Apple loses bid for permanent ban on Samsung phones in U.S.

A U.S. judge denies Apple's attempt to get a sales ban on a number of Samsung devices, some four months after a jury found patent infringement.

Apple vs. Samsung

A U.S. District Court judge denied Apple's bid to ban a number of Samsung's devices from sale in the U.S., a little more than a week after a hearing on the matter.

In a late ruling Monday, Judge Lucy Koh -- who presided over the entire trial between the two tech giants -- denied Apple's bid for a sales ban on 26 Samsung products, saying that any infringing features were just part of a larger feature set, thus making a sales ban too broad.

"The phones at issue in this case contain a broad range of features, only a small fraction of which are covered by Apple's patents," Koh wrote. "Though Apple does have some interest in retaining certain features as exclusive to Apple, it does not follow that entire products must be forever banned from the market because they incorporate, among their myriad features, a few narrow protected functions."

"We are pleased that the judge today denied Apple's move to limit consumer choice, and restrict fair competition in the marketplace," Samsung said in a statement.

Apple declined to comment on the ruling.

As part of a verdict in August, a California jury said 26 of Samsung's mobile devices infringed on a handful of Apple's patents, leading to a $1.05 billion damages award in Apple's favor. Following the decision, Apple filed for an injunction against a number of the infringing products, attempting to keep them off store shelves.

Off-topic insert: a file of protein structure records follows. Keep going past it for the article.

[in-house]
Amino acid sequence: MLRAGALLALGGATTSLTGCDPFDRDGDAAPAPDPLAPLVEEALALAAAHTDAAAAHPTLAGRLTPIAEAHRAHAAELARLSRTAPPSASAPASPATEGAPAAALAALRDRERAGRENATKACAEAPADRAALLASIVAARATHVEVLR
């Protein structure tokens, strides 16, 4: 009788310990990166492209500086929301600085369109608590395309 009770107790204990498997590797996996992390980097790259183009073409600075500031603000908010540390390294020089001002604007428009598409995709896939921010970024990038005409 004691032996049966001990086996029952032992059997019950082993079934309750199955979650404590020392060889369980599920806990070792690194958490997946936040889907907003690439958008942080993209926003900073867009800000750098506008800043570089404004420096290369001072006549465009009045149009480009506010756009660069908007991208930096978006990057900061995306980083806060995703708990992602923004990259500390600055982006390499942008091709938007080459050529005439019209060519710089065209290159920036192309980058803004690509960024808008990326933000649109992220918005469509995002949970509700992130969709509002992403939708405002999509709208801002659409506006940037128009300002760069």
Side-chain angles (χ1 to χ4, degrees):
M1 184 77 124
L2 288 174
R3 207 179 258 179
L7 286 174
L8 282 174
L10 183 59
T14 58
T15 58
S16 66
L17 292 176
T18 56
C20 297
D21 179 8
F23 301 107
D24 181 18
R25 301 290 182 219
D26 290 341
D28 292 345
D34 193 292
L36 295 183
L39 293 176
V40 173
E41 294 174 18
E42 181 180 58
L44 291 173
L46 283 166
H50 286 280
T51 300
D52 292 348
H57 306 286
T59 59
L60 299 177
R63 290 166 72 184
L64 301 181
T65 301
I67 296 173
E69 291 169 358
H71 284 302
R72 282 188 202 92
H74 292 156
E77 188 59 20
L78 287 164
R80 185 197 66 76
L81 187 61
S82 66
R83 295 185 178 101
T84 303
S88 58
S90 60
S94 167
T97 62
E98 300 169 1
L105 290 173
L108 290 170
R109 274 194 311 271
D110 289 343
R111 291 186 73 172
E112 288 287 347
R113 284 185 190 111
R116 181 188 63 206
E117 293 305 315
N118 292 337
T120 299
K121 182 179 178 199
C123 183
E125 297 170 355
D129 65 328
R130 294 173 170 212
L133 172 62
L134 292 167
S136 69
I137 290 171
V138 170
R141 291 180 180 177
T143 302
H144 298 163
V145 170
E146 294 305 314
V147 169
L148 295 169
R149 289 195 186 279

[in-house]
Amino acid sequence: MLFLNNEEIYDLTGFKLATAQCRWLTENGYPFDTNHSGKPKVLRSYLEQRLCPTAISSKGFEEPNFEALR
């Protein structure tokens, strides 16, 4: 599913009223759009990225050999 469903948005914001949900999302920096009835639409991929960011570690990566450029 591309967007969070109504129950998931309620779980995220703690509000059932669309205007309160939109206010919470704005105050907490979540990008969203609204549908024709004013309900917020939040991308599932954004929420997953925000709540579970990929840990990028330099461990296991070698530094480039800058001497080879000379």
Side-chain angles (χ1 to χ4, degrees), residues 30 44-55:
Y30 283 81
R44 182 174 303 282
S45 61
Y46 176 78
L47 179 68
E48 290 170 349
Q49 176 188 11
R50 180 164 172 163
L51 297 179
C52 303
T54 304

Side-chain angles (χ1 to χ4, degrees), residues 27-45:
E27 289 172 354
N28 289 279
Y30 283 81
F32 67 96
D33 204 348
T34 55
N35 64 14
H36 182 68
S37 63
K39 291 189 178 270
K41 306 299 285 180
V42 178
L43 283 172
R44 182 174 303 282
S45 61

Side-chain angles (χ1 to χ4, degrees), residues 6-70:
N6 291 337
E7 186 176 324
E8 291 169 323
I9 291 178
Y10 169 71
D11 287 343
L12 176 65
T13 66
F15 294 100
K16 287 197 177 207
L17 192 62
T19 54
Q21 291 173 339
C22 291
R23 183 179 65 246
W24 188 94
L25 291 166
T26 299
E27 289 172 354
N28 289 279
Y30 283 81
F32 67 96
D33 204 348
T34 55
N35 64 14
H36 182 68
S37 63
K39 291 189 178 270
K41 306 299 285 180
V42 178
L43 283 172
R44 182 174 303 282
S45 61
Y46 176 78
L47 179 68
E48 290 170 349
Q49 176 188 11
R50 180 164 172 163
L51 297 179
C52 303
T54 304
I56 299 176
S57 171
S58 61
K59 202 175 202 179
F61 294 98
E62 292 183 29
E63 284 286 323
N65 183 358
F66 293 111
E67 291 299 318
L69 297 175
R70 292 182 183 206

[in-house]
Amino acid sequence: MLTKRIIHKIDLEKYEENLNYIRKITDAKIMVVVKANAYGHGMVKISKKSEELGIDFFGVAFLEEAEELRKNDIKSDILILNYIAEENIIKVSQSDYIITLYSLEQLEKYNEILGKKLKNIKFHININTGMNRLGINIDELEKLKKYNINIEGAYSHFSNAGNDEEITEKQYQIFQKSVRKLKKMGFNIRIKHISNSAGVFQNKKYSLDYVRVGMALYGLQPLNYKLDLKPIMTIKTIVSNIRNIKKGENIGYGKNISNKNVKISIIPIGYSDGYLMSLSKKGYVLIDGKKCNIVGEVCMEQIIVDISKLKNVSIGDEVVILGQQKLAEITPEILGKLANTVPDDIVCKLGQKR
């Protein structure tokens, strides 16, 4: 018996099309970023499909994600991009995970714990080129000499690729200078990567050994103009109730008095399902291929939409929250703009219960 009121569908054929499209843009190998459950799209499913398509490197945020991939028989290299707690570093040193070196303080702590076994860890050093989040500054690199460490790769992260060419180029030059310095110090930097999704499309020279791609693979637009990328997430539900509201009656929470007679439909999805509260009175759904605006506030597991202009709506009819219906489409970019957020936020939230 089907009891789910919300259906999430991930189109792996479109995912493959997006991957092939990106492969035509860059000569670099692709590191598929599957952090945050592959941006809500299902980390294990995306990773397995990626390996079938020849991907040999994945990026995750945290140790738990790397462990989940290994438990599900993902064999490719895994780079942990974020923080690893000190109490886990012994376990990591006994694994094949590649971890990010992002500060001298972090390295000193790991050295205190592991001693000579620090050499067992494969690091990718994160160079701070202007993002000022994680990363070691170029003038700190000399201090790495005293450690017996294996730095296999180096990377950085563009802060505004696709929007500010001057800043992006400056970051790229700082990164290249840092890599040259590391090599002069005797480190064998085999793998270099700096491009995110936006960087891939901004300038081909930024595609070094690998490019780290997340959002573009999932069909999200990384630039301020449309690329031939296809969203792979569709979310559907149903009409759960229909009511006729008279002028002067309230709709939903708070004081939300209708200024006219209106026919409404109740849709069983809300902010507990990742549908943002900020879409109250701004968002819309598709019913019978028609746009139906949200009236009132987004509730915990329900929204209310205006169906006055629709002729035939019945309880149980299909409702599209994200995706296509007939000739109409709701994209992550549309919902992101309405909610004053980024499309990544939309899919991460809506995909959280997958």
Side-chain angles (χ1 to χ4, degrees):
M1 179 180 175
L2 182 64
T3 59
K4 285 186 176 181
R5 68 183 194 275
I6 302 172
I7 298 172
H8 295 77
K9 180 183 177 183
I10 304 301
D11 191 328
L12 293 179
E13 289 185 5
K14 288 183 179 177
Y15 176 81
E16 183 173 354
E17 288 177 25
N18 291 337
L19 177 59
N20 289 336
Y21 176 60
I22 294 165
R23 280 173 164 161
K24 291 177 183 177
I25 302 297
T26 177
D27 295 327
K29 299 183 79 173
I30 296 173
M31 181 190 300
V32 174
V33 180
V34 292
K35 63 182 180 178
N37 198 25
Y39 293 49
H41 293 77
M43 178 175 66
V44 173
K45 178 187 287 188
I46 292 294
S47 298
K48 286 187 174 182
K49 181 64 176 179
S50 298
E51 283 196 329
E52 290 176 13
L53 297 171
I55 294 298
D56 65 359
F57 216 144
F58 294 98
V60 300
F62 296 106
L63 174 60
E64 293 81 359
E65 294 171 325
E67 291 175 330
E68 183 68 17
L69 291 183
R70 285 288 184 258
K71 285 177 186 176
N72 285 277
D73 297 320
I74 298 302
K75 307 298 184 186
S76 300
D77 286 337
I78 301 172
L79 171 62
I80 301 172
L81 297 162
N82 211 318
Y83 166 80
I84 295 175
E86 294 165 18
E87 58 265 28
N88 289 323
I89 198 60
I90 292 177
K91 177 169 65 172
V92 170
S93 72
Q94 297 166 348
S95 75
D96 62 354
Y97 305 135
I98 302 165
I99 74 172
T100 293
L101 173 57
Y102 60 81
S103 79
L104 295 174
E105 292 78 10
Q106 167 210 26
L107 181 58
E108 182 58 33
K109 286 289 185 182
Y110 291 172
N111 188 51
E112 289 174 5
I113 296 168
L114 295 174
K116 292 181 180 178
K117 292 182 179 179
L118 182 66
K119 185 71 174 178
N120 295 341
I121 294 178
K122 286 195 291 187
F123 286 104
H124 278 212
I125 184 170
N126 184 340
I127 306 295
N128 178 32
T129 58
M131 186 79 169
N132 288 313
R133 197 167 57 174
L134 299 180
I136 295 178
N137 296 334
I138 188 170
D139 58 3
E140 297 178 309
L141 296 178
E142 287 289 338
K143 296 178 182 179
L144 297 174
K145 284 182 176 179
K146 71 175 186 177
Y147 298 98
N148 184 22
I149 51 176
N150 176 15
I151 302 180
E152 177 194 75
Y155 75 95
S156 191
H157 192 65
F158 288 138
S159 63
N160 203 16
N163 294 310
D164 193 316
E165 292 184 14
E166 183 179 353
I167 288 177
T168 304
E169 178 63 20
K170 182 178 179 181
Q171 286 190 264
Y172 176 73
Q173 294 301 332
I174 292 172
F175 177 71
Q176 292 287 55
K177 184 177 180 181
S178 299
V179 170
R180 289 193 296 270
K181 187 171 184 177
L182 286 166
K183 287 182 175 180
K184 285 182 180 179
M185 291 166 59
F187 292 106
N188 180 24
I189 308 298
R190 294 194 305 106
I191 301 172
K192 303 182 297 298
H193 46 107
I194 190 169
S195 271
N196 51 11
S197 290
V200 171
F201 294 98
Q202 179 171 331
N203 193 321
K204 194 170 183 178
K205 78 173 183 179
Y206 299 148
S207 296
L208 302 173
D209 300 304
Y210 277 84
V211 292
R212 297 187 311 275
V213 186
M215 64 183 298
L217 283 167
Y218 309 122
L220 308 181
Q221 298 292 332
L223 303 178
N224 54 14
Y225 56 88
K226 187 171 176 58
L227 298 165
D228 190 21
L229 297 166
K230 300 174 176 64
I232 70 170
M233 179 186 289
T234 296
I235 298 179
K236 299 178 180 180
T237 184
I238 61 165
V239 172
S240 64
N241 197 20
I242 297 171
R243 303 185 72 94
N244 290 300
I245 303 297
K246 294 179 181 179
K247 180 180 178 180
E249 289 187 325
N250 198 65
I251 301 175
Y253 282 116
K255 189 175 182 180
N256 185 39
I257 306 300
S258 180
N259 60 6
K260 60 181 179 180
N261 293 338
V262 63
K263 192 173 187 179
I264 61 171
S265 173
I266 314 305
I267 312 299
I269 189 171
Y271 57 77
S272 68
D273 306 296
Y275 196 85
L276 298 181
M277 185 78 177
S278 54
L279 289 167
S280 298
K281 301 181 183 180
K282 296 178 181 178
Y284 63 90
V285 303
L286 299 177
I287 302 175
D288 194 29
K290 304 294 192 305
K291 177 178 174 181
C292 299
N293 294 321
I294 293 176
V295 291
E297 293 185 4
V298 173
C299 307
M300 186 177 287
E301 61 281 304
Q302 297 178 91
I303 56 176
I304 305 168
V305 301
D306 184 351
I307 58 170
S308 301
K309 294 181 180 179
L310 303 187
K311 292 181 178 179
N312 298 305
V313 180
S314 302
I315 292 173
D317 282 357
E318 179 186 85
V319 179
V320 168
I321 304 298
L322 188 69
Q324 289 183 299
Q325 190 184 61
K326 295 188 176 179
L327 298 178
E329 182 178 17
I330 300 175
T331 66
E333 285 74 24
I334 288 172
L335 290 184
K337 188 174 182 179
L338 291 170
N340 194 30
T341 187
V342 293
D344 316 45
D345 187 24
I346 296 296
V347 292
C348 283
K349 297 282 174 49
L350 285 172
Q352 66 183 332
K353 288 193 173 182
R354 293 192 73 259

Despite the fact that there were infringements found, Koh said in her ruling that a large number of the devices targeted within the ban are no longer on sale, and those that were had other features.

"It would not be equitable to deprive consumers of Samsung's infringing phones when, as explained above, only limited features of the phones have been found to infringe any of Apple's intellectual property," Koh said.

It wasn't entirely a homerun for Samsung though. Along with the order on the permanent injunction, Koh said she didn't buy into Samsung's argument for a retrial over what the company said was misconduct by the jury foreman for not disclosing a legal spat with Seagate, a company that Samsung invested in.

The orders represent the first major ones to come out of the court since the trial wrapped up in August. Still expected is a ruling from Koh that could change the damages tally. During the three and a half hour long hearing earlier this month, Apple made its bid to increase damages while Samsung predictably argued to lower them.

Here's a full copy of the injunction ruling:

Sales Ban
Complete coverage: Apple v. Samsung, a battle over billions

Updated at 8:30 p.m. PT to include additional details and background and again at 6:30 a.m. PT on 12/18 to include comment from Samsung.

 

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